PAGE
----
CRM 212 typically comprises software, which is executed by controller 210 to control the overall multi-channel processing complexity of speech processor 208 by signaling SPU 216 to perform its encoding operation in a complexity-reduced mode (i.e., use a less complex coding rate or a less complex version of one or more blocks of the coding scheme) based on the calculated complexity budget under certain conditions. This scheme allows CRM 212 to sacrifice the average bit rate and/or quality of certain channels per cycle, when required, to satisfy the complexity budget, thereby providing greater channel density under certain conditions. Such conditions may include situations where a high number of channels are carrying active speech. However, this temporary decrease in quality for most speech codecs is not normally detectible by the user, partly because bursts of high number of channels at active condition are only transitory, and partly because the order in which channels are processed by SPU 216 may not necessarily sequential, and therefore the same channel may not necessarily be sacrificed over extended periods or over consecutive processing cycles. In some embodiments, channels may be processed sequentially, but in other embodiments channels may be processed randomly. In the case of SMV, the full rate coder, which might be less complex than the half rate coder (i.e., requires less processing time), is of better quality than the half rate. In this case, the use of the less complex full rate for the reduction of the complexity would not result in a reduction of quality, and the only impact on the system would be a slight increase in the average bit rate. Since the transient increase of the average bit rate has only minimal impact on the performance of the communication channels implemented in the packet networks 110 of FIG. 1, this increase will not be felt by the end user and will not have a significant impact on the system performance. As a result, a higher channel density may be facilitated by the speech processor 208 of the present invention with little or no appreciable quality loss from a user's perspective.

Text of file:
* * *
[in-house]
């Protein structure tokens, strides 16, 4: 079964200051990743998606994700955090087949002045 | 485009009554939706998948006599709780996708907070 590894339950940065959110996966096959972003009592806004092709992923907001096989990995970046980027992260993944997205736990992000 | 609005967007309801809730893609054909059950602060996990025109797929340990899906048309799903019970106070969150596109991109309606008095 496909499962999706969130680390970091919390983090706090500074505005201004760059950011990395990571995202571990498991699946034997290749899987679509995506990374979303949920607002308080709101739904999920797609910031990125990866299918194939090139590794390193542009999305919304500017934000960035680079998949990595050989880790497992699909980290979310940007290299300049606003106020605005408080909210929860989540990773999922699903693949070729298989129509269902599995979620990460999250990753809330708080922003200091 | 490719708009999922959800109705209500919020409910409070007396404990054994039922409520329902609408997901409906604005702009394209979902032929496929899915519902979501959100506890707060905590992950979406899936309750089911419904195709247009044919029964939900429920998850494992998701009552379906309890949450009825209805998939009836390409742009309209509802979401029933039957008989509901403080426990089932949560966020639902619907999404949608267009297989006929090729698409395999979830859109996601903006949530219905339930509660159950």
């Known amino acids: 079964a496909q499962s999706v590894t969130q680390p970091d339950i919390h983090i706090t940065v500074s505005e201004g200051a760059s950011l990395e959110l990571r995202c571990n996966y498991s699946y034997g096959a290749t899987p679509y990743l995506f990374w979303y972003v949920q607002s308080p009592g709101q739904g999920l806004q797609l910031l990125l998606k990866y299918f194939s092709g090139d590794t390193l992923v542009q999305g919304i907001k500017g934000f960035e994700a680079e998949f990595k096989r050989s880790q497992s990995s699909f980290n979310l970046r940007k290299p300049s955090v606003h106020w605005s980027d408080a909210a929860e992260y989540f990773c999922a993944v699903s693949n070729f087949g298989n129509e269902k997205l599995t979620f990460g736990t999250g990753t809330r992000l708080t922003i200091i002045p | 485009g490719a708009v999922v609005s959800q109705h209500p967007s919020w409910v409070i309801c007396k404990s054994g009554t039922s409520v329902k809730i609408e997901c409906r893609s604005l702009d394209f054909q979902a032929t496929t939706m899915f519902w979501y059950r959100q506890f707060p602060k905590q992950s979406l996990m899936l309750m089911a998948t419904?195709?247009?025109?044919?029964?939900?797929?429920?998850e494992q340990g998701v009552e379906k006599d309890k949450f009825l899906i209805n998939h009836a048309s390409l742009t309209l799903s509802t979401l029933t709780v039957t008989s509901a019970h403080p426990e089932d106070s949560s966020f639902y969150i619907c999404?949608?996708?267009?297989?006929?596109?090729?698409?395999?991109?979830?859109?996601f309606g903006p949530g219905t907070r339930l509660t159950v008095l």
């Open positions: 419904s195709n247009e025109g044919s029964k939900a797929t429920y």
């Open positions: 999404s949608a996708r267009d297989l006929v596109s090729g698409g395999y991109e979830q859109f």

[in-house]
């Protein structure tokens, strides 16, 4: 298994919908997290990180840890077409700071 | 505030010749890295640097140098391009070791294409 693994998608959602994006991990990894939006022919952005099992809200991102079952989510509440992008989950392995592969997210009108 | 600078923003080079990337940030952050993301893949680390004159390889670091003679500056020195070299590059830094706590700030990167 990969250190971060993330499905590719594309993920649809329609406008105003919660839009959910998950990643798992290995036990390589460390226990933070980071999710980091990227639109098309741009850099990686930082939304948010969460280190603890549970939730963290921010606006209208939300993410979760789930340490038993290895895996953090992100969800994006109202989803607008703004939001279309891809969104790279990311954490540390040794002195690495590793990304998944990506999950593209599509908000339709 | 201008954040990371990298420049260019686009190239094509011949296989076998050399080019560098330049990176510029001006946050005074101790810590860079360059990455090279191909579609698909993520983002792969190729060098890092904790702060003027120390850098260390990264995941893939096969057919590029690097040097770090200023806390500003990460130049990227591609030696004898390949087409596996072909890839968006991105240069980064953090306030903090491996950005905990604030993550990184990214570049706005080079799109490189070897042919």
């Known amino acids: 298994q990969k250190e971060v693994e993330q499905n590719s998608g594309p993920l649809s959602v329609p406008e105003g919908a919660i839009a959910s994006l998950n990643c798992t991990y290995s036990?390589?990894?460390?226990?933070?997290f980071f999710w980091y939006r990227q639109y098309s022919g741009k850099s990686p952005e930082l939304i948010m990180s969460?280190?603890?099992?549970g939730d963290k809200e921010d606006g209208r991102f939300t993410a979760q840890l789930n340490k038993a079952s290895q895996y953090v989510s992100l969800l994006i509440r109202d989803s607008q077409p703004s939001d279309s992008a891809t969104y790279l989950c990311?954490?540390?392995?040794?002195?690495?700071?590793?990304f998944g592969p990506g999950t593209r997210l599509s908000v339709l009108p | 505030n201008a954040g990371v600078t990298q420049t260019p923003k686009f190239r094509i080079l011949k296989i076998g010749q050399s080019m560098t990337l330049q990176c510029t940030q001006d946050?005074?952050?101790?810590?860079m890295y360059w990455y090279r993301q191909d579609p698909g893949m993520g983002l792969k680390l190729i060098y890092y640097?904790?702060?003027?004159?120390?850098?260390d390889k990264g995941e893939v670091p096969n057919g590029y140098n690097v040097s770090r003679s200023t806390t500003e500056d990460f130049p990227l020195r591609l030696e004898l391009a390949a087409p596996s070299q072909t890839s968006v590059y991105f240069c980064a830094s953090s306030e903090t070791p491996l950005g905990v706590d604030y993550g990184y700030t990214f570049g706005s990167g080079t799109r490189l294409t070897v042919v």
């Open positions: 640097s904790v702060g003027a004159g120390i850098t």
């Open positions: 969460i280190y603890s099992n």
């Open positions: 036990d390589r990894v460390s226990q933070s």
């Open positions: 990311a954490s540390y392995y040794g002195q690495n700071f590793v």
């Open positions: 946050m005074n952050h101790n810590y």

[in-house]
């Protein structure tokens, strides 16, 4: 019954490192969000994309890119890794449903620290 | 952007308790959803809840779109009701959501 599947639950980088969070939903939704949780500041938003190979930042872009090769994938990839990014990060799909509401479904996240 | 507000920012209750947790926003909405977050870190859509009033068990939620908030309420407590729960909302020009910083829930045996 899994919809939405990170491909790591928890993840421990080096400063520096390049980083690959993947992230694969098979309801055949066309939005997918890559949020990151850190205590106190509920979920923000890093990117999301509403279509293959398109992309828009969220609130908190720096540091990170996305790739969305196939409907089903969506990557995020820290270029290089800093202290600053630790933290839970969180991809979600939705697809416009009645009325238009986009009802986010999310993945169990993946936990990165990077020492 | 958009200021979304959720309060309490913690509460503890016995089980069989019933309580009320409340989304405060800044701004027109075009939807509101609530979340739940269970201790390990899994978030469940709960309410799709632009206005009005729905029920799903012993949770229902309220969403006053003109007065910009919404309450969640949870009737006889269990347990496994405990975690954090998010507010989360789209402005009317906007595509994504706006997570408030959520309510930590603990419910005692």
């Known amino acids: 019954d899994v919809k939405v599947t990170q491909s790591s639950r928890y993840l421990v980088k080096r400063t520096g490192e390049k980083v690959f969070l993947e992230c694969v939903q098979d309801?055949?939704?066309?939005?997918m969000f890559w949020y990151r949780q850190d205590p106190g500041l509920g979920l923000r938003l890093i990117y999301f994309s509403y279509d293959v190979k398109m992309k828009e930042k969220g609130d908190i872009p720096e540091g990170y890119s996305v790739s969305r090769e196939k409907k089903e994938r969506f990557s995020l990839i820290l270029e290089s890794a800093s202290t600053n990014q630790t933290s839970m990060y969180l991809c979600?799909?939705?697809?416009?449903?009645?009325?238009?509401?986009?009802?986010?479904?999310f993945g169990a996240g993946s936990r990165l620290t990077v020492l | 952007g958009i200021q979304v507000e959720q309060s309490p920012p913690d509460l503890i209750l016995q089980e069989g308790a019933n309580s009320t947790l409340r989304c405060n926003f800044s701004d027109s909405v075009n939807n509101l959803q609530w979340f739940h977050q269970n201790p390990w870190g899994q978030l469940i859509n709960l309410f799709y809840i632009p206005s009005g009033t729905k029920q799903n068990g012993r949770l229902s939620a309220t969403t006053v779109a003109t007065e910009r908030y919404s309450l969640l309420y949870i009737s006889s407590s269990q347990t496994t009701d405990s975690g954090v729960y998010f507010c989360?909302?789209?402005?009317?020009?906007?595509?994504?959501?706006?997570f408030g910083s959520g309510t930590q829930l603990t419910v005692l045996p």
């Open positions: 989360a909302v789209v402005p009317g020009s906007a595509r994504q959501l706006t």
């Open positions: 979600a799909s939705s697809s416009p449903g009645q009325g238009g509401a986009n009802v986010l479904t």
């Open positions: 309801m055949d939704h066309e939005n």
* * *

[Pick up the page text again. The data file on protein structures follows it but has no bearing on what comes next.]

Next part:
In conjunction with CRM 212, controller 210 may also execute other speech processing algorithms to further enhance the speech encoding performance. These other speech encoding algorithms may be implemented in conjunction with CRM 212 or integrated directly within CRM 212. For example, higher complexity encoders may be selected to encode active speech segments, while lower complexity encoders may be used to process silence or background noise (inactive speech) segments to efficiently allocate processing power. However, also as noted above, there may be instances where a majority or all channels involve active speech. Normally, speech encoder algorithms would select higher complexity coding rates to encode the signals associated with the active speech channels. Yet, in accordance with the present invention, CRM 212 may define a lower complexity rate than the encoder algorithm in accordance with the complexity budget. When this occurs, the coding rate selected by CRM 212 overrides the coding rate selected by the encoder algorithm. When CRM 212 does not define a coding rate (e.g., where the complexity budget would allow the remaining channels to be processed at the highest complexity coding rate) or where the coding rate selected by the encoder algorithm is of less complexity than the coding rate defined by CRM 212 (e.g., where the speech signal is an inactive speech segment), the coding rate selected by the encoder algorithm is used by SPU 216 to process a given speech signal. However, when CRM 212 does define a coding rate (e.g., where the complexity budget would not allow the remaining channels to be processed at the highest complexity coding rate), the lower coding rate selected by CRM 212 overrides the coding rate selected by the encoder algorithm to process a given speech signal.